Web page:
Latest UK Financial Reporting Proposals ‘Will Improve Financial Reporting in the UK’
KPMG in the UK welcomes the issue of the Accounting Standards Board’s (ASB’s) latest Financial Reporting Exposure Draft (FRED) outlining the proposed future for financial reporting in the UK, which is the culmination of much consultation by the ASB in recent years.
In response to comments received on the previous FRED issued in October 2010 (‘the 2010 FRED’), the ASB no longer proposes the adoption of a tiered approach to financial reporting based on public accountability. The application of full EU-IFRSs would be mandated only for those entities currently required by law or regulation to apply those standards, although entities would still be permitted to apply EU- IFRSs voluntarily.
FRED 48 (draft FRS 102) The Financial Reporting Standard applicable in the UK and Republic of Ireland (no longer to be known as the FRSME) is based on the IASB’s IFRS for Small and Medium Sized Entities (IFRS for SMEs) and would replace existing UK GAAP.
The FRSSE would remain in place for the smallest entities.
The ASB continues to propose certain disclosure exemptions for the individual accounts of qualifying group entities, whether applying EU-IFRSs or FRS 102, although qualifying financial institutions will not be permitted disclosure exemptions in relation to financial instruments. This proposal now encompasses parent entity individual accounts as well as all subsidiaries.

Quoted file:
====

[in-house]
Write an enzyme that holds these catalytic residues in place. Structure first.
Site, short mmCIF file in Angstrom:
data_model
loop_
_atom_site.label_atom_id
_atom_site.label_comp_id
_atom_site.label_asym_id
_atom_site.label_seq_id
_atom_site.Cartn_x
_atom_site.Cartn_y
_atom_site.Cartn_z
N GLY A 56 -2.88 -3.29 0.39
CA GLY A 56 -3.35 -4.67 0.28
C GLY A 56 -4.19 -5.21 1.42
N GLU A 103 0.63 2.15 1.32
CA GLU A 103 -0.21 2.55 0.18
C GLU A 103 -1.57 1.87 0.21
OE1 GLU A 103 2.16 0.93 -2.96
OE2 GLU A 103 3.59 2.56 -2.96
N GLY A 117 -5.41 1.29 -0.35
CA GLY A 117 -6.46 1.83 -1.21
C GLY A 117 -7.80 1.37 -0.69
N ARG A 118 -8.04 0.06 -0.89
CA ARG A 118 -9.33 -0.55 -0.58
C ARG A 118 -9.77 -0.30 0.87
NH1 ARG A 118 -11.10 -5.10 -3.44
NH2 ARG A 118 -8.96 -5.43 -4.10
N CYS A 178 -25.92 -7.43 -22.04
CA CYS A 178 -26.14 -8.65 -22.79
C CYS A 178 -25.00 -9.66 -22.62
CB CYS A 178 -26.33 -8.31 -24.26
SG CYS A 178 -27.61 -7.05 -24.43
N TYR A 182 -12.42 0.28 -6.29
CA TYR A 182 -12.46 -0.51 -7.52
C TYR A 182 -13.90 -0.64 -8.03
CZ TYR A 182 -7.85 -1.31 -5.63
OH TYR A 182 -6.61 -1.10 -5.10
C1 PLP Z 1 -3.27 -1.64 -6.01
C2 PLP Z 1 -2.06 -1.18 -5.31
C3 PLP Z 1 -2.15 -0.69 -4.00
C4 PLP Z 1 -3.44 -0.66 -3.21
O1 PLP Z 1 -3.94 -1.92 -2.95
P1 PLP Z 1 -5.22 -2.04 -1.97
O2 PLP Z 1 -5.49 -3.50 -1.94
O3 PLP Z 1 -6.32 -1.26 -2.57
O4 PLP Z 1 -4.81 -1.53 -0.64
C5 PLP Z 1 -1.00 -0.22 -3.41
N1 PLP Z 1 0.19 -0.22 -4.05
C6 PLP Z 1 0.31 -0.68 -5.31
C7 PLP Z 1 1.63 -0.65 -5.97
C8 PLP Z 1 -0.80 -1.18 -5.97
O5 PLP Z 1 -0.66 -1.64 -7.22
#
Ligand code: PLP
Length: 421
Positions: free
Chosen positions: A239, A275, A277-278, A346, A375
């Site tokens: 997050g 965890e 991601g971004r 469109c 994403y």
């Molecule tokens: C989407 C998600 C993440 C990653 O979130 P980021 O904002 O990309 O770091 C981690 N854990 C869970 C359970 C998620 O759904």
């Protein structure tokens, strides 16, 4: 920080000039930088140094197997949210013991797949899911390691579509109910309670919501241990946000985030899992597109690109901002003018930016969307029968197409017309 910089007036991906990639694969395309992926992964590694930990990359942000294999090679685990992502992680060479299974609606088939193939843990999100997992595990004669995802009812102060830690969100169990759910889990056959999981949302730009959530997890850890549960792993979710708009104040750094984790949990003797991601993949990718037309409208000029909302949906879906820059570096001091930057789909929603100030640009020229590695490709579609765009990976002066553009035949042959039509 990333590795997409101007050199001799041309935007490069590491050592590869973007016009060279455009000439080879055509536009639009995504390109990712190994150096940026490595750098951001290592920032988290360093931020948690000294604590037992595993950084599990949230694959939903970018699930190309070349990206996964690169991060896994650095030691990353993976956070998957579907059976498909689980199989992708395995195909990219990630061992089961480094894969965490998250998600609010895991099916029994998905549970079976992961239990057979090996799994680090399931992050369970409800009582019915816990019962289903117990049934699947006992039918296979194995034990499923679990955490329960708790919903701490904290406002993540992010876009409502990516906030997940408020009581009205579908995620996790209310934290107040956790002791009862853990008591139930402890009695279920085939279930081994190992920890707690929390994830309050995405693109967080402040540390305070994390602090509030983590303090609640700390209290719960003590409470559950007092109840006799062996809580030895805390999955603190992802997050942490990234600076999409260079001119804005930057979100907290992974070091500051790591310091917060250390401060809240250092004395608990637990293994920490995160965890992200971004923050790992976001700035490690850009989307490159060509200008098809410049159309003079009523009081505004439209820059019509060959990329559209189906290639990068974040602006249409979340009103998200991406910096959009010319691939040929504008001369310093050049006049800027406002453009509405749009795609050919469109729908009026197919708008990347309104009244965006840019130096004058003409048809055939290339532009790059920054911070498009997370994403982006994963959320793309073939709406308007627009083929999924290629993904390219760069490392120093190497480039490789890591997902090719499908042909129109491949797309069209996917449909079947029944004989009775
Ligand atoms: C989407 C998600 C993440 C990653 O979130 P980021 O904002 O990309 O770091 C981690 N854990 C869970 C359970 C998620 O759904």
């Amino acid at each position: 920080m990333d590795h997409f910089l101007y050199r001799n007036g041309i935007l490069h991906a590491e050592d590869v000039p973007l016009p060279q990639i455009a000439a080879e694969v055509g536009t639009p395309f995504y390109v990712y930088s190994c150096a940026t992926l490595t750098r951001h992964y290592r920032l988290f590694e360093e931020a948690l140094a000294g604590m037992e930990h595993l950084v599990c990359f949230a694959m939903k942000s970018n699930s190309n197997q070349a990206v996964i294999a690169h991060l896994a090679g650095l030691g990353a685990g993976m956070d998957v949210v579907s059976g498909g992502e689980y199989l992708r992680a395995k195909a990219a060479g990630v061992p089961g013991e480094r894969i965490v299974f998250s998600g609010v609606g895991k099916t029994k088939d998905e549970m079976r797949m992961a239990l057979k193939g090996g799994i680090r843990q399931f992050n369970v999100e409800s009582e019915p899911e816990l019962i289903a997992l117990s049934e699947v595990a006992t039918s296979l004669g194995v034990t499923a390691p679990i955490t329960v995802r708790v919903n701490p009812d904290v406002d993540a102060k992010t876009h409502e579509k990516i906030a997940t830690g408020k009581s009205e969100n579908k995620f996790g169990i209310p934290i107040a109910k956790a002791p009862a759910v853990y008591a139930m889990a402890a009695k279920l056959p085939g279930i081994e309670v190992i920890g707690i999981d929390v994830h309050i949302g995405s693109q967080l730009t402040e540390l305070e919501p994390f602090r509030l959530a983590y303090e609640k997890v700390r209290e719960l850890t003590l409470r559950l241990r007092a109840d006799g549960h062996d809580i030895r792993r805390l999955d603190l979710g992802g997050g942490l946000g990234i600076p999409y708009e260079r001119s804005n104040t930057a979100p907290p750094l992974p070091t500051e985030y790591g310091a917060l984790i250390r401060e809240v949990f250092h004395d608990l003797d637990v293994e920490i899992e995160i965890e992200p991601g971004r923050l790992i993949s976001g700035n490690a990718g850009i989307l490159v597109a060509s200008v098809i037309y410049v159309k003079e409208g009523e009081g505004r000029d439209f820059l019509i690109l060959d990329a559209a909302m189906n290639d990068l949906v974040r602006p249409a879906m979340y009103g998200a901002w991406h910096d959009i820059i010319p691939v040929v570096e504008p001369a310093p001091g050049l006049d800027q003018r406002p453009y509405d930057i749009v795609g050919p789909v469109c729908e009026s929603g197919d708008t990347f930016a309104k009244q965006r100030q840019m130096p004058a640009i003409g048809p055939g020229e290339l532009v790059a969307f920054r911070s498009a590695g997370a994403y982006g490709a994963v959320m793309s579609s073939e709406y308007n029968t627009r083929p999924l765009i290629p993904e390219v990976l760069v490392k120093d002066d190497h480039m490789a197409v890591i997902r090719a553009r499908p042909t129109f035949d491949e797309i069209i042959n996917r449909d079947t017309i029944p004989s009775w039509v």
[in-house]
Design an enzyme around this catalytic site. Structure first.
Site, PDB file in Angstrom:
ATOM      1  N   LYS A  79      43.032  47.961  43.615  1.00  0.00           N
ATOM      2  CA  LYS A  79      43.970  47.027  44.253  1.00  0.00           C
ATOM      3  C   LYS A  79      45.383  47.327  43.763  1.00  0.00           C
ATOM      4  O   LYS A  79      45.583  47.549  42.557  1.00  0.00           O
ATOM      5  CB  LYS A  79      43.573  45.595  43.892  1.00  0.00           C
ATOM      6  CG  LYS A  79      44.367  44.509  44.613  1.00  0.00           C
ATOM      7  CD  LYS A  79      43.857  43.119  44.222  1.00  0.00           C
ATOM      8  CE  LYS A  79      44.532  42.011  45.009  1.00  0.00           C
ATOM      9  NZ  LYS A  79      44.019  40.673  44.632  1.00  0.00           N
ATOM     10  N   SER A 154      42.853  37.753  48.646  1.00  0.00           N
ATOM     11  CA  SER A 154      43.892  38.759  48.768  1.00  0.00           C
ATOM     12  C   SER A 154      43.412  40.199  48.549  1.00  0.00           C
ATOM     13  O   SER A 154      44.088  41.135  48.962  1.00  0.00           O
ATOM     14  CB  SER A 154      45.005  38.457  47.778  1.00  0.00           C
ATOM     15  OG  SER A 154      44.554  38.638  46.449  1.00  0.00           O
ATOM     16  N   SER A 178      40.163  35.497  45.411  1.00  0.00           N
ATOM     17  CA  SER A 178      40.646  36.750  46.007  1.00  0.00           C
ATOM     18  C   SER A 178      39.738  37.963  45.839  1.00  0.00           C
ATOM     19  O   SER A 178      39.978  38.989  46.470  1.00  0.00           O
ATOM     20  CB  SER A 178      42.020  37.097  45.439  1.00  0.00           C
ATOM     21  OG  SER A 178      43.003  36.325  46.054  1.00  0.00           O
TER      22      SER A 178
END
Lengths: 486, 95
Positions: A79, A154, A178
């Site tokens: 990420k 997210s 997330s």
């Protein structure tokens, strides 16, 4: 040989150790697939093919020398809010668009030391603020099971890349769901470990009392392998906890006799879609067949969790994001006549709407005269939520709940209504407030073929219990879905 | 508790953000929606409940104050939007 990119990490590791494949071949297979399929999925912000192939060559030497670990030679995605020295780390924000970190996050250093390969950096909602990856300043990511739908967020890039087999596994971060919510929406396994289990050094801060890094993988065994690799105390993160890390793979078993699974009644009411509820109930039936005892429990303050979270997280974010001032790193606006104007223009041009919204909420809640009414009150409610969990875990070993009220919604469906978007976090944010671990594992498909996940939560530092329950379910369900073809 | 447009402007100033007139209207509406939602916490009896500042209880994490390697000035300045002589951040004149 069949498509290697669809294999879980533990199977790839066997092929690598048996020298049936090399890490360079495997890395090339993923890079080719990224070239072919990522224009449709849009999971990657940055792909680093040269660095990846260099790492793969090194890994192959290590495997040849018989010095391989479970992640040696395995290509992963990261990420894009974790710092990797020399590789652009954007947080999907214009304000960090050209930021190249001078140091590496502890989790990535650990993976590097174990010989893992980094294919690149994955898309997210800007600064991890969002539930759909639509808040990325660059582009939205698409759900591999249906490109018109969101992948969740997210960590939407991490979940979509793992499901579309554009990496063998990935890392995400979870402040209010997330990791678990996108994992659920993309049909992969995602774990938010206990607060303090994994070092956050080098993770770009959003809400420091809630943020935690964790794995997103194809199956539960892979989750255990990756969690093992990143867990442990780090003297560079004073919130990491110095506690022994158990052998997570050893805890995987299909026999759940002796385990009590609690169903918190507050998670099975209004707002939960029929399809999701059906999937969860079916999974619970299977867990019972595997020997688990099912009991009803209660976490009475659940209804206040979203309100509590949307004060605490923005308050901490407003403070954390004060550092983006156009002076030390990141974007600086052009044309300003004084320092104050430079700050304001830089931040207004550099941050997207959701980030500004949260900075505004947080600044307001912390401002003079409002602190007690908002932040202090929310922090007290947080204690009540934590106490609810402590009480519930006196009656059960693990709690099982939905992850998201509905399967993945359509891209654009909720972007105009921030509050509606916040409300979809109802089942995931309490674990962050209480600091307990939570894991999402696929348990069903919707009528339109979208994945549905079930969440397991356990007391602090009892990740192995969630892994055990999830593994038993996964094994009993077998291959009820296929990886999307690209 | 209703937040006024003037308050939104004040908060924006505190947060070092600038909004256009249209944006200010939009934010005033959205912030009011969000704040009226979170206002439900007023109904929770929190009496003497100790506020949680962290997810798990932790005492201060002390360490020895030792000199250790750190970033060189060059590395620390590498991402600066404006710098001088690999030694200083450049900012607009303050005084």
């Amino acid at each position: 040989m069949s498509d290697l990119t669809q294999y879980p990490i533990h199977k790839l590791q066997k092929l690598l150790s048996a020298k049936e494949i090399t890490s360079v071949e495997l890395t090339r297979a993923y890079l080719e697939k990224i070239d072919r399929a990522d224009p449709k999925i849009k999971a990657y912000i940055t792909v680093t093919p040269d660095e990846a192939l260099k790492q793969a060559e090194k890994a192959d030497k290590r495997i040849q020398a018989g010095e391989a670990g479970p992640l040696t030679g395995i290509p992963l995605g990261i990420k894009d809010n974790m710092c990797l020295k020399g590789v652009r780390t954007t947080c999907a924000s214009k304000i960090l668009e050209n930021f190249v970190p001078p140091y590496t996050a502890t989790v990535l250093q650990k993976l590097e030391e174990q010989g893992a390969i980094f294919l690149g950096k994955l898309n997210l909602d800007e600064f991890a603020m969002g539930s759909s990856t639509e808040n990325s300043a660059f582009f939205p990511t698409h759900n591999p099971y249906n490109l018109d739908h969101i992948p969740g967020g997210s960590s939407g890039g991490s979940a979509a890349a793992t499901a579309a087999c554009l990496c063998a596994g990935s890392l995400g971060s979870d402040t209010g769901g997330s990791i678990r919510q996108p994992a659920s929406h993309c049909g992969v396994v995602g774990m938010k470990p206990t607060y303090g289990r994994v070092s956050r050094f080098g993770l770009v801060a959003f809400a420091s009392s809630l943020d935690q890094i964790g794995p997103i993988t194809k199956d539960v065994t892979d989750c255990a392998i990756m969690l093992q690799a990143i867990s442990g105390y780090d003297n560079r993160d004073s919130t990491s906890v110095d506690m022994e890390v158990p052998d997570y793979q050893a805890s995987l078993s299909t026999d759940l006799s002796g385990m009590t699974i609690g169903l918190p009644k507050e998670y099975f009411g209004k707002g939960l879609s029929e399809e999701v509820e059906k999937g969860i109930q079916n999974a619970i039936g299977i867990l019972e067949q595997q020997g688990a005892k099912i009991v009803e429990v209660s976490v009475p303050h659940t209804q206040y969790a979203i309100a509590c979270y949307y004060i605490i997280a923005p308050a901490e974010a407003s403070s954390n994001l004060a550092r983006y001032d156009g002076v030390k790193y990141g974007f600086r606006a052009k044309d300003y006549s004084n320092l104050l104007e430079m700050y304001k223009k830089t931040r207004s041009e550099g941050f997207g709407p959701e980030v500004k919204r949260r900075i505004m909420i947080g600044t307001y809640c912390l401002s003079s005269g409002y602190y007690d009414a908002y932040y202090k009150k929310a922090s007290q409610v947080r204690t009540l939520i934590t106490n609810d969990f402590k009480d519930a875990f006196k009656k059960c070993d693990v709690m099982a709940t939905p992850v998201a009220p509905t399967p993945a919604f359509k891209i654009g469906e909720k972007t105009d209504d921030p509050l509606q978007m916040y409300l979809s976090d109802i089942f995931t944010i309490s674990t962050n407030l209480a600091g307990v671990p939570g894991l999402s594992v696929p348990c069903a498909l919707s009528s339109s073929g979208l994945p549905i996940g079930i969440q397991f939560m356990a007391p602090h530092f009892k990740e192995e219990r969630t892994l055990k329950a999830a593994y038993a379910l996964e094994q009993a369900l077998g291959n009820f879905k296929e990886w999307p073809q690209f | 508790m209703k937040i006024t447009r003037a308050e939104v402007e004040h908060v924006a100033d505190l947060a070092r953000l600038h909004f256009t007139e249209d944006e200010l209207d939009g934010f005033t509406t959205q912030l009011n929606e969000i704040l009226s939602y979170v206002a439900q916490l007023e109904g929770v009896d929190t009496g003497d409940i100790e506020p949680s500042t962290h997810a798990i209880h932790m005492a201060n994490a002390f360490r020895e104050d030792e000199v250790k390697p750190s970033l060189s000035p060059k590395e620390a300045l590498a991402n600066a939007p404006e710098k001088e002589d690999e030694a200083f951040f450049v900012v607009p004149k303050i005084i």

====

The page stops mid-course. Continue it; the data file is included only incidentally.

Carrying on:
Consistent with KPMG’s comments on the 2010 FRED, the ASB proposes clarifying certain requirements, including that merger accounting for group reconstructions should be retained from current UK GAAP. It has reacted to widespread comment by now proposing to diverge from the requirements of the IFRS for SMEs in a number of areas. These include allowing certain accounting policies that are not permitted under the IFRS for SMEs but are permitted under current UK GAAP and full EU-IFRSs; for example, the revaluation of property, plant and equipment. FRED 48 also introduces a simplified approach to accounting for tax, rather than applying the full requirements of IAS 12 Income Tax.
Oliver Tant, UK head of audit for KPMG, commented that “We welcome the wide consultation process undertaken by the ASB and are pleased that the latest FRED addresses a number of the concerns raised in our response to the 2010 FRED. The revised proposals, which will affect the majority of UK entities, will introduce a more consistent set of principles to UK GAAP, broadly aligned with that of EU-IFRSs.
“We believe that they will improve financial reporting in the UK without imposing an undue burden. Directors will now need to make important decisions about which accounting framework to apply, which will require not only consideration of the accounting options available to them, but also assessment of the potential effect on accounting systems, staff training, taxation and other arrangements such as loan covenants.”
Commenting on the proposals, Andrew Vials, senior technical partner in KPMG in the UK said: “We support the proposal to include the new accounting policy choices, which should help to ease the transition process for many UK entities. Importantly, it will allow many subsidiaries of entities applying EU-IFRSs to use accounting policies consistent with those of their parent, without needing to apply the full requirements of EU-IFRSs.
“The revised proposals for tax accounting provide a pragmatic solution which should benefit UK entities by being simpler to apply whilst in many cases resulting in the same accounting for deferred tax as under IAS 12.”
The ASB’s latest proposed timetable for the new financial reporting regime is that it should apply to accounting periods commencing on or after 1 January 2015, requiring a transition balance sheet to be prepared as at a date as early as 31 December 2013. Earlier adoption would be permitted. The ASB is seeking comments on the FRED by 30 April 2012.